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AUDITOR-GENERAL'S CASE AGAINST LAWMAKERS

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It may be that looters are unwilling to catch looters. That is the natural inference from the case that the nation’s Auditor-General preferred against federal lawmakers. He is the one with the power to audit funds expended by federal institutions. Now he says lawmakers don’t check audited financial statements that his office submits. Denial is the expected response. Lawmakers already did that, and long before the AG’s accusation landed on their table.

An auditor has a job to do. It is a crucial one. At the most basic level, the goal of a financial statement audit is for the auditor to form an opinion regarding whether those statements are or are not free from error. For him to do this, he must use his best professional judgment when assessing information and assertions made available to him. While audit work varies, generally, the auditor can follow some common procedures which enable him to accomplish his task. One of such procedures is the need for him to evaluate relevance and reliability, because he can’t issue an audit opinion unless he has sufficient, competent evidential material. Relevance, which means that the evidence directly relates to the facts he’s e trying to substantiate, and reliability which means he can depend on the evidence to steer him in the right direction, are two hallmarks of good evidence. The auditor also has to test the assertions of those whose financial statement he is auditing, and this must have been presented on the financial statements using generally accepted accounting principles. The auditor has the responsibility to realize when these are not being uniformly applied.

He also has to substantiate assertions that the transactions shown on the financial statements actually took place; and that whatever event took place is recorded in its entirety. Also, the auditor has to satisfy himself that the transaction is recorded in the correct account, while transactions must be on the financial statements for the correct period. In addition, the presenter of the financial record is responsible for the liabilities shown on the balance sheet. And finally, the auditor, after the auditing process is concluded, gives his professional opinion about how much reliance users can place on the audited topic at hand. This is the elementary summary of what the nation’s Auditor-General’s office has been sending to the lawmakers over the years. He is legally bound to do so, after he has taken a look at the financial records of Federal Government institutions.

Successive AG’s of the Federation have been submitting audited reports to the lawmakers for years. Now, the current occupant of the seat, Mr. Samuel Tyonongu Ukura, said those empowered to take action on the reports have not been paying attention. And the lawmakers were not the only ones accused. In his latest report, the AG listed institutions that have not been handing over their financial statements to his office. One is Nigerian National Petroleum Corporation, NNPC, a perennial lawbreaker in that regard. There is the Central Bank of Nigeria, CBN, the Economic and Financial Crime Commission, EFCC, as well as National Salaries Incomes and Wages Commission, the last two of which the AG says have never submitted annual reports of their finances since their inception.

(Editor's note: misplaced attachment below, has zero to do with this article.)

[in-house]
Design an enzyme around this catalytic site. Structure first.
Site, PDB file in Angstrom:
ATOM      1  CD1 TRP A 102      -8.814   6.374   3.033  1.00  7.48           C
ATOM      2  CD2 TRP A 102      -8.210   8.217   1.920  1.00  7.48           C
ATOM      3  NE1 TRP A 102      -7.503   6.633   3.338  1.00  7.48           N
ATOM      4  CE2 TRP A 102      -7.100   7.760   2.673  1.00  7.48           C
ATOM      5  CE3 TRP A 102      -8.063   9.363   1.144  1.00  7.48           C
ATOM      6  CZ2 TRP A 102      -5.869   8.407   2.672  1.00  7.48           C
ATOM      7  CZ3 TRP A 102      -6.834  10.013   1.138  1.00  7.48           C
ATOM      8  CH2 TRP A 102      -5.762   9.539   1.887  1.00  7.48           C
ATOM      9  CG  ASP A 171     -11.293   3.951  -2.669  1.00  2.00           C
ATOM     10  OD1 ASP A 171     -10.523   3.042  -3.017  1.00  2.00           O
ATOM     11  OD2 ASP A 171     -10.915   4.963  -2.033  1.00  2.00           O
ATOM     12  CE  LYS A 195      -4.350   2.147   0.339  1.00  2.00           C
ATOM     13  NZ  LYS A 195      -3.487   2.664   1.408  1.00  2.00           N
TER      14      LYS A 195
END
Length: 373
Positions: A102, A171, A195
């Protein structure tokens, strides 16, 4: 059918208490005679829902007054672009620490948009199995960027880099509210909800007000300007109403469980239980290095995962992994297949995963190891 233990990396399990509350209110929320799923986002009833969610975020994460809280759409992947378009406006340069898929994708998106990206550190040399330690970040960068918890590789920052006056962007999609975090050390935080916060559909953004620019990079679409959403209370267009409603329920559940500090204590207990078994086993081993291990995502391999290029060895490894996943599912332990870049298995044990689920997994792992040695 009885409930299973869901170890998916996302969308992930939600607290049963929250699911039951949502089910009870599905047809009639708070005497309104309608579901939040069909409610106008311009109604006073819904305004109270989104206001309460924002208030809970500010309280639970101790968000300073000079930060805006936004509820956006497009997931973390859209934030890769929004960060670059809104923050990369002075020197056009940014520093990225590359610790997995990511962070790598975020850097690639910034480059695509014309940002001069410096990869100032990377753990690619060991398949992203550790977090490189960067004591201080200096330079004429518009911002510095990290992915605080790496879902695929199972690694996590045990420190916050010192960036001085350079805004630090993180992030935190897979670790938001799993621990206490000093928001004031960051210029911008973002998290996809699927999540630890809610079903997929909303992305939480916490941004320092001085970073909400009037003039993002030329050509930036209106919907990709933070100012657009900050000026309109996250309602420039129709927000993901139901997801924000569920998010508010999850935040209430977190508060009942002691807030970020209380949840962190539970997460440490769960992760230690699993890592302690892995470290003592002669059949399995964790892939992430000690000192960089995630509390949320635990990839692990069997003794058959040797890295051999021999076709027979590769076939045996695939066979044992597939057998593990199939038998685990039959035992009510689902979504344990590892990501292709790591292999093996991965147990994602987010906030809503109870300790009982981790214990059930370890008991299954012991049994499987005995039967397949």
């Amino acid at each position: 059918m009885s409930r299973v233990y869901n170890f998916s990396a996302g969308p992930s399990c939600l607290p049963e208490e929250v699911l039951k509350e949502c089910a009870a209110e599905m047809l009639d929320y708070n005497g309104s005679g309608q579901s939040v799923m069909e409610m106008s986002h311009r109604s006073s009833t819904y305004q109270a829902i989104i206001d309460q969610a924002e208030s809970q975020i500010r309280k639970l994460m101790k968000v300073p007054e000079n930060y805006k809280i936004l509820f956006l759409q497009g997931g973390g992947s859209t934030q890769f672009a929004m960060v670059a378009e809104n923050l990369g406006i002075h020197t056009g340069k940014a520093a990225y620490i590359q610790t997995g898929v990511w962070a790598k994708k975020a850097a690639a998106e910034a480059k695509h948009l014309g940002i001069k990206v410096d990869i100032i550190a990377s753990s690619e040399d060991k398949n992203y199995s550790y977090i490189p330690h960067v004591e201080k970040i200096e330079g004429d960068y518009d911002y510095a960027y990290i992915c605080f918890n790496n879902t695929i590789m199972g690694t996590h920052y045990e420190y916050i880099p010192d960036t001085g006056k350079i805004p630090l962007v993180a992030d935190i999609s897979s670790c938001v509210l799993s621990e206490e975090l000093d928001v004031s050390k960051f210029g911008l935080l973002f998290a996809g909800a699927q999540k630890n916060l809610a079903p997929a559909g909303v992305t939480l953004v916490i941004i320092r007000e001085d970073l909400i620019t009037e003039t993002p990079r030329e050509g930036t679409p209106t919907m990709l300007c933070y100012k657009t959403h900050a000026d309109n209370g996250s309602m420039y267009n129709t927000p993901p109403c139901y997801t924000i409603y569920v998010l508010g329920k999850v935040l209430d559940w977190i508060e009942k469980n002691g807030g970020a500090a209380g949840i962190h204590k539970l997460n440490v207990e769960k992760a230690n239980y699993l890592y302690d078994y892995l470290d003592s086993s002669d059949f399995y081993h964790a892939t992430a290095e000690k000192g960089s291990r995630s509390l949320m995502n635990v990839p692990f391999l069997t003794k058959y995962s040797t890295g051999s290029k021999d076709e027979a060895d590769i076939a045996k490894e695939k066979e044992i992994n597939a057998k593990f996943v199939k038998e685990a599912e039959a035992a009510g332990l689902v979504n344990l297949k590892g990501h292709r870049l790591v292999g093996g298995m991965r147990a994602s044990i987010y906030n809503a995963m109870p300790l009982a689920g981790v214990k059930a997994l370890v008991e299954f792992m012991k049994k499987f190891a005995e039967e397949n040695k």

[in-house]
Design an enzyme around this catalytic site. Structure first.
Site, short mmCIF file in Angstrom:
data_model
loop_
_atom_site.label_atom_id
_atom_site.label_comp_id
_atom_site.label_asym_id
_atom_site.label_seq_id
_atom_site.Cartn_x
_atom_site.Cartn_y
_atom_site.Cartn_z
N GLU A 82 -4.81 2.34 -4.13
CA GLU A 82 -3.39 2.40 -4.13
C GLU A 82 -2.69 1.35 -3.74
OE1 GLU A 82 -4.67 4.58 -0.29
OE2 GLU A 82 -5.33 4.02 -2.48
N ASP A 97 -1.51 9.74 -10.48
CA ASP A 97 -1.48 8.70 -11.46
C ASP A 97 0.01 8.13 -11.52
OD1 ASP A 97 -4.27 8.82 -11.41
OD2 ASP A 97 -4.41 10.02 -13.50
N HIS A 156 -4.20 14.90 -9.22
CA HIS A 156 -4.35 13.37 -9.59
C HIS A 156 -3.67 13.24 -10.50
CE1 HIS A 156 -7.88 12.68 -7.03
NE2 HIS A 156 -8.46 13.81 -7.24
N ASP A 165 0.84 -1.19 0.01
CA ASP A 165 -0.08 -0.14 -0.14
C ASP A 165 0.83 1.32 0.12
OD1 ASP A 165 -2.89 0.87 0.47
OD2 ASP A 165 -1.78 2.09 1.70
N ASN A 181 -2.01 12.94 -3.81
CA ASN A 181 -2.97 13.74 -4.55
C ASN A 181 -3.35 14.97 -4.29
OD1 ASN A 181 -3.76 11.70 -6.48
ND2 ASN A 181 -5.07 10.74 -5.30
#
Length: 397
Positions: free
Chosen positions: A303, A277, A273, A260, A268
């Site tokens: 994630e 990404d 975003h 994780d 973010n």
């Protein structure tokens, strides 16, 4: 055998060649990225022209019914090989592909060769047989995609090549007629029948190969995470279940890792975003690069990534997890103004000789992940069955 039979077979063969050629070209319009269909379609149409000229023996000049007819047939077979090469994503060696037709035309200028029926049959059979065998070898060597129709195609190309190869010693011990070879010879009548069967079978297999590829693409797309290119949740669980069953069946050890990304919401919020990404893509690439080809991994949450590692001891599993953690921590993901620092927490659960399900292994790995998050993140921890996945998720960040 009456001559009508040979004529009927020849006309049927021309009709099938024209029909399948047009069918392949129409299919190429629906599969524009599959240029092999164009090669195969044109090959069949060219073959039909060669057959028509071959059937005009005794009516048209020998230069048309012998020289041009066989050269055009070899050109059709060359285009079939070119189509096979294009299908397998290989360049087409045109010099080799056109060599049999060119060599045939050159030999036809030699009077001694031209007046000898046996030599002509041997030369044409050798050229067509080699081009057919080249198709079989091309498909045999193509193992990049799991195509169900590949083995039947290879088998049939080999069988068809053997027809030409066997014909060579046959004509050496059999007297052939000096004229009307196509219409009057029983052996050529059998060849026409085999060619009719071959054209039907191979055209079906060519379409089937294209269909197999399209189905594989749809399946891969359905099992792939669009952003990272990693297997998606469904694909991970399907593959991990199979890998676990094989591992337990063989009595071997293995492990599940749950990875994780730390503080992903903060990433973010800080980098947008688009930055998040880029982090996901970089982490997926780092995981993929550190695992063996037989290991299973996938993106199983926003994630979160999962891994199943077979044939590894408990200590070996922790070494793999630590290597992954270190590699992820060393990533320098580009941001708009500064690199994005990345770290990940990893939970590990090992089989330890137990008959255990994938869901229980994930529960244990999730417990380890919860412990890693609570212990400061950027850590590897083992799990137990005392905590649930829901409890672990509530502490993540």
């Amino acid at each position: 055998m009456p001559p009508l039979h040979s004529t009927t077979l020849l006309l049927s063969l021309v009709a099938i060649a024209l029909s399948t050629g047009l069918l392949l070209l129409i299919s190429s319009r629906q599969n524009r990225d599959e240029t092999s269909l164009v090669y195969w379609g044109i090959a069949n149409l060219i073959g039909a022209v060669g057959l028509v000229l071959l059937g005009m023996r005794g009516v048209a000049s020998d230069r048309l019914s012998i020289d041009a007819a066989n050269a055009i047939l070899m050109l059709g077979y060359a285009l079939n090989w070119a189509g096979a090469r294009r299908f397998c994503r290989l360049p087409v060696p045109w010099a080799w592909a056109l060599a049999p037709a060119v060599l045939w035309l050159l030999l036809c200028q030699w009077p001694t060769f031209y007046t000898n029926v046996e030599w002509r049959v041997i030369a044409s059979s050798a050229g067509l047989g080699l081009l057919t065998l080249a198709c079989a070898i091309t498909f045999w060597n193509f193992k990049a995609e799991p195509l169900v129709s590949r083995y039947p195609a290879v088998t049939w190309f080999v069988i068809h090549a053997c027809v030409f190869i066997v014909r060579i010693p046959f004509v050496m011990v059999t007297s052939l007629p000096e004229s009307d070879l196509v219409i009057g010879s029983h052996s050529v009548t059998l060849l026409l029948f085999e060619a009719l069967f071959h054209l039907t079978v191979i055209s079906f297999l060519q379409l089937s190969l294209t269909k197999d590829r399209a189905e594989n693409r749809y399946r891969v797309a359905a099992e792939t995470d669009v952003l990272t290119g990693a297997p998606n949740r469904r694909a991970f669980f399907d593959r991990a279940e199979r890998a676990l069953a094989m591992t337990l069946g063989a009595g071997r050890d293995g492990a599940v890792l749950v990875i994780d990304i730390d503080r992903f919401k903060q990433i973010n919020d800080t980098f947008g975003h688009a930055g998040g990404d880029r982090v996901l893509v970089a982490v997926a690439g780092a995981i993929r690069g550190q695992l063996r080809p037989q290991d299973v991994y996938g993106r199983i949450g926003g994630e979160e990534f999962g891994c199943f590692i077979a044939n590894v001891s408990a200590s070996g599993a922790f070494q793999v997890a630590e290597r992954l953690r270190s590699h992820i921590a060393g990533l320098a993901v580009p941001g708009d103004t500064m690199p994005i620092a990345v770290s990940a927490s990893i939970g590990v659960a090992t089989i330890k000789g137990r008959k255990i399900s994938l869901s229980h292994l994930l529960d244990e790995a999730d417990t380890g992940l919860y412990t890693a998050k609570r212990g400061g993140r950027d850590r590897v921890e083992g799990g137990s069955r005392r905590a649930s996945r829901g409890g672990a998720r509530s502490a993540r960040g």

And the AG stressed the implications of all these in the report he presented to the Public Accounts Committee of the House of Representatives on the financial state of government agencies, institutions and bodies. The failure of the National Assembly to perform its constitutional role of vetting reports with a view to recommending appropriate actions had made many government agencies to be reluctant in adhering to prescribed accounting standards. Worse, many of them had refused to submit annual reports of their income and expenditure to the Office of the Accountant General of the Federation. The response of the lawmakers to this on that occasion runs to a pattern. The Chairman of the House of Representatives Committee said the Office of the Auditor General had not reminded it on the need to consider the audit report, so lawmakers would not take all the blame.

If there is anything that all of these provides, it is an insight into the process of governance here. Lawmakers earned fantastic take-home pays, they took loan from banks to achieve the same, yet they didn’t do the work they paid themselves to do. But they are not the only ones to point to as far as corruption that is crippling the nation is concerned. Public officials who see statutory functions unattended to, and watch as things degenerate are accomplices. The current AG is relative new in his post; what of his predecessors who did not receive financial statements from government institutions for years, they knew lawmakers did not touch whatever reports they submitted, but they remained silent. It is not likely that quality of governance will witness any meaningful improvement if the system has no sanctions for public officials that are collaborators in the perpetuation of irregularities with their criminal silence. Yet these same set of people trade blames when things go awry. In this case, lawmakers are not only ones to blame. Every link in the chain that does not take relevant steps to ensure that others uphold the law, and thereby contribute to the perpetuation of corruption in this nation is equally guilty.

Tunji Ajibade is a Communications Consultant. [email protected]

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